⟨ main, [a₄ ↦ (check_zero, a₁),
         a₃ ↦ (main, a₀, a₂ ↦ (id, a₁), a₁ ↦ (main,a₀), a₀ ↦ Done], a₀ ⟩
y = 1
> g(1)
  ⟨ g, [a₅, (main,a₀), a₄ ↦ (check_zero, a₁),
        a₃ ↦ (main, a₀, a₂ ↦ (id, a₁), a₁ ↦ (main,a₀), a₀ ↦ Done], a₅ ⟩

Now here, our function alloc returns a fresh address a₅. To get the behavior, we actually want to reallocate a₁. This means that our continuations have to be able to store sets of functions, and sets of next continuations. So instead of our store having the structure:

σ : Address → Continution
Continution = fn , address | Done

We need to lift continuations to hold sets of functions and addresses. Because they actually represent sets of continuations, we’ll call them abstract continuations (or flow sets, in control flow terminology):

Continution^ = ℘(fn) × ℘(address) | Done

Now, we’re going to have to modify our alloc function to “smush together” things that come from the same function. We’re going to do that by changing the structure of addresses (which I’ve so far been leaving as opaque). Instead, we’re going to make addresss simply function names:

Address = fn | Done

Now, our allocator is going to be this:

alloc (fn,σ,c) = fn

Last, we have an operation σ ⊔ [ a ↦ (fn,k) ] which we have to make sense of with our modified notion of continuations. First, we need to note that it must really be σ ⊔ [ a ↦ {(fn,k)} ]. Then, the join operator will be the natural elementwise distribution over the sets of functions and continuations.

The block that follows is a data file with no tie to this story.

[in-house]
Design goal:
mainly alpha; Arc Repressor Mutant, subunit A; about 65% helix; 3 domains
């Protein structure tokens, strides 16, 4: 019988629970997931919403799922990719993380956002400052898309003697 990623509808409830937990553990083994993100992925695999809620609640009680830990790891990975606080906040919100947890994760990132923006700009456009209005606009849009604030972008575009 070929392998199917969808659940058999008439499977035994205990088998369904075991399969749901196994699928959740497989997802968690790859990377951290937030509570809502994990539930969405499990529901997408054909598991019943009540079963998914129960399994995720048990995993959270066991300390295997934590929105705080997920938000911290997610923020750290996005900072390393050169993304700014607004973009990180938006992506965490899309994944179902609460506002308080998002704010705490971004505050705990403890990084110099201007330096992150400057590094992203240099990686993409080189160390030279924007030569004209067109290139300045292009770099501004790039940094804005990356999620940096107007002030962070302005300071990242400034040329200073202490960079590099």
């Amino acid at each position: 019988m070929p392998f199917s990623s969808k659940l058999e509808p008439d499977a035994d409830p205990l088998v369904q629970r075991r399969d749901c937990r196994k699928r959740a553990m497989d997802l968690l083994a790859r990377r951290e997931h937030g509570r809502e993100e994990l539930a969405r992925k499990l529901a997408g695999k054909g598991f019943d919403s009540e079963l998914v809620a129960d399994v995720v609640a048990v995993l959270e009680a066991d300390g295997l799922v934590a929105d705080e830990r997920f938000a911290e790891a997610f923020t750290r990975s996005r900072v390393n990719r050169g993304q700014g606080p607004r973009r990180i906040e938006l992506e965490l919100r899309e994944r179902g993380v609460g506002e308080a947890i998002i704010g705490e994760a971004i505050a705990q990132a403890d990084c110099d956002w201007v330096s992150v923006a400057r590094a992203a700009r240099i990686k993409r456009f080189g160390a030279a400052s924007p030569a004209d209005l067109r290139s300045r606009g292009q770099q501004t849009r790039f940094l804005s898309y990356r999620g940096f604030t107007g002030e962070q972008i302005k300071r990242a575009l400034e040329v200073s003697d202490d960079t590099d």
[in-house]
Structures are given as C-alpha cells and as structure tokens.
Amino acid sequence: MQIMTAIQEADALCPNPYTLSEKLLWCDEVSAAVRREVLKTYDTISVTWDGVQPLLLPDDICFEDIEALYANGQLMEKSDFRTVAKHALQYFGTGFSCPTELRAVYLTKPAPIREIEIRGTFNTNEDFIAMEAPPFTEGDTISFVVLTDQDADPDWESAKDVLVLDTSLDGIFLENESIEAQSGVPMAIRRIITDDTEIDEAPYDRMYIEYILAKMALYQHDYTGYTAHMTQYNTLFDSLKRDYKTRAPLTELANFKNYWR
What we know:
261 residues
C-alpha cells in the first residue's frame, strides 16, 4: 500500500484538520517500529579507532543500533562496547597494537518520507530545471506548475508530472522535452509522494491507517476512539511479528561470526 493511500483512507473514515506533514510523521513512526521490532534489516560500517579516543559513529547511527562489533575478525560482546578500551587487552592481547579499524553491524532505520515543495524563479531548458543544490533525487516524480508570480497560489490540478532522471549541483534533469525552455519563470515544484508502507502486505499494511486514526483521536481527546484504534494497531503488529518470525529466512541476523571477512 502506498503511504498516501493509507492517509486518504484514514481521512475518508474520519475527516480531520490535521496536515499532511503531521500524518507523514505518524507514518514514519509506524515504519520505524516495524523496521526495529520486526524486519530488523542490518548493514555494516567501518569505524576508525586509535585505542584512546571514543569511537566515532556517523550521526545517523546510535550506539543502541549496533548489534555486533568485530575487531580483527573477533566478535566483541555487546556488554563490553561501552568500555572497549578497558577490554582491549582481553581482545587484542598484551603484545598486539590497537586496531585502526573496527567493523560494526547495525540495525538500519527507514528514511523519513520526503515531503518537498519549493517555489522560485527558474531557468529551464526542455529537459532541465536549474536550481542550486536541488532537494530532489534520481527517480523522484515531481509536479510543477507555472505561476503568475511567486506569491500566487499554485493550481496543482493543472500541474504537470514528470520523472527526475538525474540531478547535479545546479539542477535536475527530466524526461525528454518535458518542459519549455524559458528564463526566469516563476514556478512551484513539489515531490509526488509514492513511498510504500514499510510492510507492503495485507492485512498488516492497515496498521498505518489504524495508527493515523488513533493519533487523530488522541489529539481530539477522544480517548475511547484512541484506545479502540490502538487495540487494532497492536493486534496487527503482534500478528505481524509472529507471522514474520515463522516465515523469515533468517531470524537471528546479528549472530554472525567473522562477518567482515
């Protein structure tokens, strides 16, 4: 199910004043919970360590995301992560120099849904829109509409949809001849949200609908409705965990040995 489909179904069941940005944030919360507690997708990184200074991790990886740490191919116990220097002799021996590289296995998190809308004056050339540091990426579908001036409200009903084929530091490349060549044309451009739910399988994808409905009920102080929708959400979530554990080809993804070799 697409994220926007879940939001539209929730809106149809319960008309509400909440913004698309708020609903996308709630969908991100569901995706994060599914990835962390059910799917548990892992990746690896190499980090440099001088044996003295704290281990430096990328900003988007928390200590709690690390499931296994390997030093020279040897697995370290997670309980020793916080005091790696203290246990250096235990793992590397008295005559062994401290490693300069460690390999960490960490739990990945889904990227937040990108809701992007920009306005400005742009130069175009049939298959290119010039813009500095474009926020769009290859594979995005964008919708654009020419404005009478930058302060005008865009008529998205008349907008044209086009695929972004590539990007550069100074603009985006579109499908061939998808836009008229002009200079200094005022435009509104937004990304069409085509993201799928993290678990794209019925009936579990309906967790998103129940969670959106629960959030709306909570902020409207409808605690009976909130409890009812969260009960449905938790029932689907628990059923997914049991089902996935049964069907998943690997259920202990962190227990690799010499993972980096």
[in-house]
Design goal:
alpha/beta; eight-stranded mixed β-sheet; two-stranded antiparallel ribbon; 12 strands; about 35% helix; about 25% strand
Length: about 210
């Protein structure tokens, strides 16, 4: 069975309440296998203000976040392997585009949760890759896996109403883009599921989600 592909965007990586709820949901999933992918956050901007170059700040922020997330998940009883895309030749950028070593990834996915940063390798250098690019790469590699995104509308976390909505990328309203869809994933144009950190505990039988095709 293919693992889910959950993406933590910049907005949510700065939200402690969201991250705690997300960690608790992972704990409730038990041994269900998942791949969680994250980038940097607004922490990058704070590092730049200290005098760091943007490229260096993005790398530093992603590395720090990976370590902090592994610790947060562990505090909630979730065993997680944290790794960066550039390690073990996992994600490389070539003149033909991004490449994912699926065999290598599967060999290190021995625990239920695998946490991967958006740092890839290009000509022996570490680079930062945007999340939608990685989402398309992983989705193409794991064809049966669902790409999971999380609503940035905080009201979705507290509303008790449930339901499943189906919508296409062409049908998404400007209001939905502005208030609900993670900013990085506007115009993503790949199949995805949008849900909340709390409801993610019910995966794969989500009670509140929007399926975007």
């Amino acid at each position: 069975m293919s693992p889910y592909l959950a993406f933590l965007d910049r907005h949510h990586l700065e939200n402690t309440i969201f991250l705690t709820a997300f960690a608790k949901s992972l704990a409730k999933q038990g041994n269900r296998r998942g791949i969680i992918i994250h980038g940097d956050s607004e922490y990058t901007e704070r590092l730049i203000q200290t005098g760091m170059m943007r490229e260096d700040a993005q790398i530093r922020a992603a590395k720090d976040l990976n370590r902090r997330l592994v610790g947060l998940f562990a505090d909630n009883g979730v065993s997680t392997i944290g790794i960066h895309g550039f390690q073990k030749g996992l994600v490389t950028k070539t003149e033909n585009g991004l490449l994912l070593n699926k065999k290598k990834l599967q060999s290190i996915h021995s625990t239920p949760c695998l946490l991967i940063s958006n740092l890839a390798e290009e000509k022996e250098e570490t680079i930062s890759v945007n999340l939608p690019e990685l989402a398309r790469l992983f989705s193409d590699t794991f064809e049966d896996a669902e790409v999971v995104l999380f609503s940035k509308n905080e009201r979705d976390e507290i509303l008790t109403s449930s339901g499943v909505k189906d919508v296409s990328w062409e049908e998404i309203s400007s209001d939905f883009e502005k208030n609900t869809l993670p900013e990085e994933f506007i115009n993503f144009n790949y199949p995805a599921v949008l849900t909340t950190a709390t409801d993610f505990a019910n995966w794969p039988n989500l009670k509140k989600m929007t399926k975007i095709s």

Mapping between different analyses: insertions

(This is the most hand-wavy section because I haven’t really figured it out yet..)

Alright, so now we have a few different kind of analyses, and I’m convinced that we can generate many, many more. But when we’re visualizing programs, we don’t just want one analysis, we want to mix a few of them together and map between them.

Let’s say that you want to map this 0CFA-continuation-allocator semantics to the “fully unrolled” visualization, like I showed in the second picture. What you do is to run both step functions in sequence, and recognize when you’re coalescing the fine grained states into the abstract states. Doing that, you establish a mapping between the 0CFA thing and the fully precise thing. But in general, I imagine a big interactive tool that allows you to take a set of logs (equivalently: one really big log) and imbue any sort of visualization (or analysis) you want onto it. I think this trick of running the different analyses in parallel can be formalized as Galois insertions, but I haven’t fully worked out the details yet.